The bitter harvest of the Balkan Wars of the 1990’s can be measured in its impact on human lives. Tens of thousands of people lost their lives; hundreds of thousands endured the trauma of being forced to flee their homes and begin to rebuild their lives elsewhere. Even after diplomats and statesmen put an end to the conflicts, after peace agreements were reached, new maps were drawn, new constitutions drafted — for all too many people, the trauma continues to this day. No one can replace a lost son or daughter. Rebuilding a life and a family can still be a struggle, nearly an entire generation later.
Today is World Refugee Day, and down in Presevo, representatives of my embassy will join members of the Serbian government to note the incredible steps that Serbia is taking today to support thousands of migrants from distant lands who find themselves stuck on Serbian soil. I chose instead to come to Sid to cast a light on the work we still have to do in favor of those who were displaced nearly a generation earlier, but whose livelihoods are still at peril.
Here in Sid, we can focus on how joint efforts that includes donors, state institutions, local community support and pro bono work of generous individuals – all with the aim to create a better life to refugees and displaced population in Serbia.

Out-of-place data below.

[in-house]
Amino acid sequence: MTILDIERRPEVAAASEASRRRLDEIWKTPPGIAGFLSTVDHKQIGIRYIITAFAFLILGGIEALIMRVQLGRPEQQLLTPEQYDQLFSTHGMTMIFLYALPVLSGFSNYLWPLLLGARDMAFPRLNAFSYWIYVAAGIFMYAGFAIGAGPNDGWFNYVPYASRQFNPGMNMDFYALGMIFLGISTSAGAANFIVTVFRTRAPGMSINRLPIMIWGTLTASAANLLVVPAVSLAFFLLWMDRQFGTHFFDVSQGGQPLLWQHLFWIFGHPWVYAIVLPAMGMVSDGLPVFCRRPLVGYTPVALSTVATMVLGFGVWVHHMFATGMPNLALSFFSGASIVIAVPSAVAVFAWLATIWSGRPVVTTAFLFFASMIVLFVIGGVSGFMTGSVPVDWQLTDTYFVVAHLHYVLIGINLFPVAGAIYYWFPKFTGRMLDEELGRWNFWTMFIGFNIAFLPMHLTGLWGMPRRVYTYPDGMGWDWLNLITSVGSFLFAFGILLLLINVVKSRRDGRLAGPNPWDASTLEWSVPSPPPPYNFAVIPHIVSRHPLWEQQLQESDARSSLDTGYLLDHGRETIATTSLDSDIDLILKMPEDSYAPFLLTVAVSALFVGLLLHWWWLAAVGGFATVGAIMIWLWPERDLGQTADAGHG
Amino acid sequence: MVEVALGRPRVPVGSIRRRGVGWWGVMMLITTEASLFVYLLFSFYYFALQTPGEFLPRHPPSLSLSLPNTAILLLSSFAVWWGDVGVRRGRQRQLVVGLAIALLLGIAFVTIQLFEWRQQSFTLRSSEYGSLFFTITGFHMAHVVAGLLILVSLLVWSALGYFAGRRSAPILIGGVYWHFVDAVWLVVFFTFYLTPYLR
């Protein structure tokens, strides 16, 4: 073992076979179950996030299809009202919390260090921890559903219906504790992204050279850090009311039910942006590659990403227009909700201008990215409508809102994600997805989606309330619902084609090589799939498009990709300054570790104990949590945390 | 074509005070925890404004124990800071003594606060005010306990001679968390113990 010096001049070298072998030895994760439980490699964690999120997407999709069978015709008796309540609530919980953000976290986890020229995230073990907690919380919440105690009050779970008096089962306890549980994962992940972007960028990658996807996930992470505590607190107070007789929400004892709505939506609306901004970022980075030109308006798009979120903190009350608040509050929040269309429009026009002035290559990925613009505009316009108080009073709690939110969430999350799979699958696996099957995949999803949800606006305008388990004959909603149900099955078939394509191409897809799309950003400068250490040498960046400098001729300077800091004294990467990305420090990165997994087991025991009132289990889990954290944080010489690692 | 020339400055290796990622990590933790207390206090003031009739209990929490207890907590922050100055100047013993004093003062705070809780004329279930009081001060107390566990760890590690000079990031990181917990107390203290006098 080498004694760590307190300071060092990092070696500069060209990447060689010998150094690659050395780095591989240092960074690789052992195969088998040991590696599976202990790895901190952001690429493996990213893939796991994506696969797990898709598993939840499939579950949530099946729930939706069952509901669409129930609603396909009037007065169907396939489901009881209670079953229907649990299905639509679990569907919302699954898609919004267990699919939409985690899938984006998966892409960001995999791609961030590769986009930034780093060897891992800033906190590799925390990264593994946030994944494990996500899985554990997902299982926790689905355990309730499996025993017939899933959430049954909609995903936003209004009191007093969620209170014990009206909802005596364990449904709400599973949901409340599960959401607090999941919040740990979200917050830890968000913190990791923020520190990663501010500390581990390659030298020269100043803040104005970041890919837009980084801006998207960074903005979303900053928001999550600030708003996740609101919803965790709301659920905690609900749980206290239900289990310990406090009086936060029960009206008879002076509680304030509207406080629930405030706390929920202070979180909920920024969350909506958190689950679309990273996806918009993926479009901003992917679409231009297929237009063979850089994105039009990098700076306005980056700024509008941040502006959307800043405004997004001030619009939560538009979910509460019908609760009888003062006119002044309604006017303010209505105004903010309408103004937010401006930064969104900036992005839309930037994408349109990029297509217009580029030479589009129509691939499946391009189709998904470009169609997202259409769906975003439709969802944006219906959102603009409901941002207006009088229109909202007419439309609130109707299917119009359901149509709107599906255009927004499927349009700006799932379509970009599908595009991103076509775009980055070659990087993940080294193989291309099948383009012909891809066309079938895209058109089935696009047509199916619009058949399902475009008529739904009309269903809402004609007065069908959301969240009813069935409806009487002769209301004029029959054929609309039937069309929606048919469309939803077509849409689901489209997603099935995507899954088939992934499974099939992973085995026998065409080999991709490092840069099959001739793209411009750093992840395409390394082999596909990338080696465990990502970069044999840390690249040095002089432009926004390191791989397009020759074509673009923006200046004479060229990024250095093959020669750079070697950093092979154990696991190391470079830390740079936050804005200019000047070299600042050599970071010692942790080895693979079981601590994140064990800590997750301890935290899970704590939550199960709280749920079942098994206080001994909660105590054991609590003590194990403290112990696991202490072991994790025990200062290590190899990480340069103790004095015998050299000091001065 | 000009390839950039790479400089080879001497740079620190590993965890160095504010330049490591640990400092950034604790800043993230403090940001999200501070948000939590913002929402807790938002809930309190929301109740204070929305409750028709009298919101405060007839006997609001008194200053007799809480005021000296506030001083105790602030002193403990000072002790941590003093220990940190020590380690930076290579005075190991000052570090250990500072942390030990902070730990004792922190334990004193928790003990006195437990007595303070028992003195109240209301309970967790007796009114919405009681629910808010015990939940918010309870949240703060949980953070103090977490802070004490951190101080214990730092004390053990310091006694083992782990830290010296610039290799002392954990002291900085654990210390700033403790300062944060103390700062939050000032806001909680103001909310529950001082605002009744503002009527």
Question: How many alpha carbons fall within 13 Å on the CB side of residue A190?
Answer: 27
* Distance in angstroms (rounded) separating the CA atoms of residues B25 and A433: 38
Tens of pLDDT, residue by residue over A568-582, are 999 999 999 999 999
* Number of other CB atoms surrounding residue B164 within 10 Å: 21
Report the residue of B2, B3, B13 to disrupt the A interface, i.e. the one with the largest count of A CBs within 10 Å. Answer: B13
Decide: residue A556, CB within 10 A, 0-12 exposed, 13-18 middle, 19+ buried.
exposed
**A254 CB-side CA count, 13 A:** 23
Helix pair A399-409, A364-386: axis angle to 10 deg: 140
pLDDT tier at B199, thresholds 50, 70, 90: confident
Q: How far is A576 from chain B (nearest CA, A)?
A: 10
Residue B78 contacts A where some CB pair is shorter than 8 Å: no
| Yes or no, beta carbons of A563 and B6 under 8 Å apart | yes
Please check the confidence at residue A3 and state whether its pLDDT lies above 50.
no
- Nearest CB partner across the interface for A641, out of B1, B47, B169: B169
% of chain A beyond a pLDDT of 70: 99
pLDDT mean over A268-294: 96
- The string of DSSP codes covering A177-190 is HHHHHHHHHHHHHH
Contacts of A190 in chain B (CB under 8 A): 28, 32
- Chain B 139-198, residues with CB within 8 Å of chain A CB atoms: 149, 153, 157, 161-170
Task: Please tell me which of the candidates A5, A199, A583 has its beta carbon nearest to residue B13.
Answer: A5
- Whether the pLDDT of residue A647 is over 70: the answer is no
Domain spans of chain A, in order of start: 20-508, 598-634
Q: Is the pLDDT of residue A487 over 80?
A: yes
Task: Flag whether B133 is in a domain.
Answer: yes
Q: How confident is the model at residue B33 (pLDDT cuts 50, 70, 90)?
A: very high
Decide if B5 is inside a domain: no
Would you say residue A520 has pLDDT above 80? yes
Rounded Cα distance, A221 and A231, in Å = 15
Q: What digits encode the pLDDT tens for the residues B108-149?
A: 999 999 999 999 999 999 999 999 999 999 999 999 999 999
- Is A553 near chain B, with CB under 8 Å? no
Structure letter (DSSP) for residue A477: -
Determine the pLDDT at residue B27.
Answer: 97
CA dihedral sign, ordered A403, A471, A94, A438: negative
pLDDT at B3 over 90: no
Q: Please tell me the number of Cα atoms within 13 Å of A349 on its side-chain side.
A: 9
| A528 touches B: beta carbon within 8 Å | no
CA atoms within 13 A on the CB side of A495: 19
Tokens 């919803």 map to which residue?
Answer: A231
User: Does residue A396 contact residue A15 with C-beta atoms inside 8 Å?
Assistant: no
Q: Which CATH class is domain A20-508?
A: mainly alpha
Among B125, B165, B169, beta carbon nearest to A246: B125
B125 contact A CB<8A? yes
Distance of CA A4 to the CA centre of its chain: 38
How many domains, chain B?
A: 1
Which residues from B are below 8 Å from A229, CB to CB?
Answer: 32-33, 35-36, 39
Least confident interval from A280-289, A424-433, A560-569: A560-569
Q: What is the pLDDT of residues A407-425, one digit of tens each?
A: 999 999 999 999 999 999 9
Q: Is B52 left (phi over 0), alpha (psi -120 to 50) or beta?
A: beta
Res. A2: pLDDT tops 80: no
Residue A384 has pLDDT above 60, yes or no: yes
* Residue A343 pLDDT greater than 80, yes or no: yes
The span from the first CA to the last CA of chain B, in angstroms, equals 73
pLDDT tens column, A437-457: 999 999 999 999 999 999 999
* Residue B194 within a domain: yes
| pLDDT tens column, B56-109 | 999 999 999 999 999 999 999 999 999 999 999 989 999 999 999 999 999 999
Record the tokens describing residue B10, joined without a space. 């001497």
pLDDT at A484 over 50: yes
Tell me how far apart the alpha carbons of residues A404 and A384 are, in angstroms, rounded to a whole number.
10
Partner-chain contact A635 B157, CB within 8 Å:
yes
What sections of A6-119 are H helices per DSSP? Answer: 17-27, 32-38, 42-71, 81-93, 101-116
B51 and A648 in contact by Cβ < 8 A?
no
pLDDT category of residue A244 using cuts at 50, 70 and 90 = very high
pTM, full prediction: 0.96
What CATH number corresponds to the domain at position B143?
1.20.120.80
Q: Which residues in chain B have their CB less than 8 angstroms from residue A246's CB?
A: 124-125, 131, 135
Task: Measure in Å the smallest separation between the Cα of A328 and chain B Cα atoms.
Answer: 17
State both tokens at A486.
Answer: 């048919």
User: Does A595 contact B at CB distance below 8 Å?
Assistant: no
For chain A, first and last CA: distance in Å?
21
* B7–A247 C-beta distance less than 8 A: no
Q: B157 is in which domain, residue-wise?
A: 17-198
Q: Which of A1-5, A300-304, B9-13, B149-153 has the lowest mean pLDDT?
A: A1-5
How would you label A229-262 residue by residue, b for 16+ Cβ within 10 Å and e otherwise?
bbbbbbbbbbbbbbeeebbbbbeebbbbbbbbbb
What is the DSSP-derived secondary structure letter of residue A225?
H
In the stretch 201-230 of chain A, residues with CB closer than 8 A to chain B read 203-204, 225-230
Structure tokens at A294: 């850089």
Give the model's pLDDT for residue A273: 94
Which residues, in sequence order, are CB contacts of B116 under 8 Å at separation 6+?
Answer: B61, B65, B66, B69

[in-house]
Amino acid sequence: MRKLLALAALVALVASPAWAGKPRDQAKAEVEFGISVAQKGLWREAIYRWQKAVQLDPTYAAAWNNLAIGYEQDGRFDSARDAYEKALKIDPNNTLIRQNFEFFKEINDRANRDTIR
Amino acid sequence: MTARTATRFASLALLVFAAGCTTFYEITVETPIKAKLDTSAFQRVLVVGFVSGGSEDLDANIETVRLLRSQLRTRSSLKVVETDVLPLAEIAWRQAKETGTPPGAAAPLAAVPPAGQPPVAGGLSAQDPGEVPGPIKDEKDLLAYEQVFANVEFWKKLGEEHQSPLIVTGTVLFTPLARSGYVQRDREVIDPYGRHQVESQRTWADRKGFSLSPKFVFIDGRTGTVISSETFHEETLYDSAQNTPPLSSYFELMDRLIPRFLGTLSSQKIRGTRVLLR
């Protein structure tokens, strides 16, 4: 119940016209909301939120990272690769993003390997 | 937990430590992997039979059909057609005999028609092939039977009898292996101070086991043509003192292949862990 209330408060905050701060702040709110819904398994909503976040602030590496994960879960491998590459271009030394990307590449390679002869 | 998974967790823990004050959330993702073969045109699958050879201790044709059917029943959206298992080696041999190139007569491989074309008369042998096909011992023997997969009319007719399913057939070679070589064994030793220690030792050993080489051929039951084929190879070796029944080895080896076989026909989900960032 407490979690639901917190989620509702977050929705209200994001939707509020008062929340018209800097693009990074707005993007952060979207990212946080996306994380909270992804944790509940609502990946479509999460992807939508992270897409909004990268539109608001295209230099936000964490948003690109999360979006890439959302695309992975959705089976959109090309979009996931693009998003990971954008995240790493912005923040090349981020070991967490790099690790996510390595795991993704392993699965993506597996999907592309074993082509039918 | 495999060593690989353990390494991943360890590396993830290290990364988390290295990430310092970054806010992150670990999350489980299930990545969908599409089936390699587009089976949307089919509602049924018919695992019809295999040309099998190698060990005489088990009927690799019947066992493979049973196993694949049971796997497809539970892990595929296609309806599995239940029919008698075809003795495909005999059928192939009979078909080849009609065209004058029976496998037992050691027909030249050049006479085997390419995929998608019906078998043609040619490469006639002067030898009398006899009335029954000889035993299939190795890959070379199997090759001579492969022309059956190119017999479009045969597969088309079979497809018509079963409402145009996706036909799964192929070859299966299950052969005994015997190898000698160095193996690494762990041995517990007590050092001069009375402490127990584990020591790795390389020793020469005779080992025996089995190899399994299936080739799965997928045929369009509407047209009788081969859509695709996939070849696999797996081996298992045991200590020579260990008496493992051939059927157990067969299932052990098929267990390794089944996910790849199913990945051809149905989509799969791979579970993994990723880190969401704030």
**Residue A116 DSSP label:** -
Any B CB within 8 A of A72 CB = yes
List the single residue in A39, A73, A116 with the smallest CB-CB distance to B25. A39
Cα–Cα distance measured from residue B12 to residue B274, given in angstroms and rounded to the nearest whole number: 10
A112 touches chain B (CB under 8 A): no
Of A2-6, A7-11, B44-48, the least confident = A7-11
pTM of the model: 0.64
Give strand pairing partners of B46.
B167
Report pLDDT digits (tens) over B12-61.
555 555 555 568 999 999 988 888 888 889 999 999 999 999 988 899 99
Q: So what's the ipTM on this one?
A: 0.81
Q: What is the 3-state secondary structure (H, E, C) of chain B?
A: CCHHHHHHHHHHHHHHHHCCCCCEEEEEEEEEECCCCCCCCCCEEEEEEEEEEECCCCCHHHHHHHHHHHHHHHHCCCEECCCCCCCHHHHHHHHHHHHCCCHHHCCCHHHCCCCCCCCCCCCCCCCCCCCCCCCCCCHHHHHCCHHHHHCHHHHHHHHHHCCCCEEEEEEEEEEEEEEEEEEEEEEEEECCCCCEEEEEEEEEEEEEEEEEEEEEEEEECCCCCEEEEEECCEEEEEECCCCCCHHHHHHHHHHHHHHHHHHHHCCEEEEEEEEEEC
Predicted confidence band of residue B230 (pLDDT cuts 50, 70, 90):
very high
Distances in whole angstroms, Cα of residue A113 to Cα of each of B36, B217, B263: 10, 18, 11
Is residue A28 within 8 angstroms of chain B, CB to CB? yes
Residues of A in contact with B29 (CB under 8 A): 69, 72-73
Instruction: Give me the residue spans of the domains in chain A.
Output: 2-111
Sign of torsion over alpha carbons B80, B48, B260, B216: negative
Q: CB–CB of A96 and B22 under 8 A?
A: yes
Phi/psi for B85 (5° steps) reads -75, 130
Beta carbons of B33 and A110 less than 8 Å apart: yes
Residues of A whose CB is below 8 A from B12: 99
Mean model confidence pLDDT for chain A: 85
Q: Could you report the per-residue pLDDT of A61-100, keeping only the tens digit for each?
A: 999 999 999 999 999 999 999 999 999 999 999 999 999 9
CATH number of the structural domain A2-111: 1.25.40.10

When temporary displacement turns into a lifelong ordeal, displaced persons need substantial support. The support of local communities, host country, and donor countries are indispensable. But refugees themselves make the greatest difference.
Over the past 13 years, the U.S. Government has provided more than 10 million dollars for income generation and legal aid assistance. Through that support, CRS has provided free legal aid to approximately 35,000 people and income generation grants to 1,700 people. To resolve the housing problems of displaced persons, the U.S. donated $20 million so far, making us the second largest donor behind the European Union. That support has gone for provisions of housing in some cases, or for building supplies for those who could build on their own. And it has gone for vocational training and income generation grants so that displaced persons could start new jobs and support their families.
And today, it is heartwarming to see how our beneficiaries are showing their gratitude by helping their compatriots who are vulnerable as they once were. By offering their skills and labor, they will help a vulnerable family resolve their housing needs.
The world is a better place when we give something from the heart. Today, we are all touched by this nice gesture from the heart of ex-refugees and local population.
We remain committed to supporting Serbia’s efforts to provide durable solutions to displaced population.